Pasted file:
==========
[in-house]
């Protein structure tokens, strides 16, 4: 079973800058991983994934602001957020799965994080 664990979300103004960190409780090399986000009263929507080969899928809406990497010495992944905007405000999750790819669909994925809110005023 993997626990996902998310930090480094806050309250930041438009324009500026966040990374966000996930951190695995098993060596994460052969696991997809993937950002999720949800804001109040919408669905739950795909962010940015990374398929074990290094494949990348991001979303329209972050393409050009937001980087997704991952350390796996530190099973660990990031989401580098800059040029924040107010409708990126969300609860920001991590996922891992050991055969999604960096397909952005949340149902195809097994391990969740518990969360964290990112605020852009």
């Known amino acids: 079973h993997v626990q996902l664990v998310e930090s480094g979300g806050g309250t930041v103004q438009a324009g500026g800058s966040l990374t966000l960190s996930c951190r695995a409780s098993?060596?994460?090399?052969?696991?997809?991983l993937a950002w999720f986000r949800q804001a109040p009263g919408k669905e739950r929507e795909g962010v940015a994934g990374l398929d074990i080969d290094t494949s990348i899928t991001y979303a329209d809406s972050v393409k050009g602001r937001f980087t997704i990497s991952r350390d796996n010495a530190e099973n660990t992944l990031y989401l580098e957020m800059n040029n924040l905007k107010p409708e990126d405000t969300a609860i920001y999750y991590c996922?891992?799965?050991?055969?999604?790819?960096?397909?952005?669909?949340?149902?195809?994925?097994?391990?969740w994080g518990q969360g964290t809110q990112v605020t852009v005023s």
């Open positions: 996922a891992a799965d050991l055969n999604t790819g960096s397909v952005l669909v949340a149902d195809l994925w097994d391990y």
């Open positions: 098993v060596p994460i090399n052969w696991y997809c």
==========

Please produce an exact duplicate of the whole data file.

[in-house]
């Protein structure tokens, strides 16, 4: 079973800058991983994934602001957020799965994080 664990979300103004960190409780090399986000009263929507080969899928809406990497010495992944905007405000999750790819669909994925809110005023 993997626990996902998310930090480094806050309250930041438009324009500026966040990374966000996930951190695995098993060596994460052969696991997809993937950002999720949800804001109040919408669905739950795909962010940015990374398929074990290094494949990348991001979303329209972050393409050009937001980087997704991952350390796996530190099973660990990031989401580098800059040029924040107010409708990126969300609860920001991590996922891992050991055969999604960096397909952005949340149902195809097994391990969740518990969360964290990112605020852009």
């Known amino acids: 079973h993997v626990q996902l664990v998310e930090s480094g979300g806050g309250t930041v103004q438009a324009g500026g800058s966040l990374t966000l960190s996930c951190r695995a409780s098993?060596?994460?090399?052969?696991?997809?991983l993937a950002w999720f986000r949800q804001a109040p009263g919408k669905e739950r929507e795909g962010v940015a994934g990374l398929d074990i080969d290094t494949s990348i899928t991001y979303a329209d809406s972050v393409k050009g602001r937001f980087t997704i990497s991952r350390d796996n010495a530190e099973n660990t992944l990031y989401l580098e957020m800059n040029n924040l905007k107010p409708e990126d405000t969300a609860i920001y999750y991590c996922?891992?799965?050991?055969?999604?790819?960096?397909?952005?669909?949340?149902?195809?994925?097994?391990?969740w994080g518990q969360g964290t809110q990112v605020t852009v005023s």
């Open positions: 996922a891992a799965d050991l055969n999604t790819g960096s397909v952005l669909v949340a149902d195809l994925w097994d391990y």
């Open positions: 098993v060596p994460i090399n052969w696991y997809c």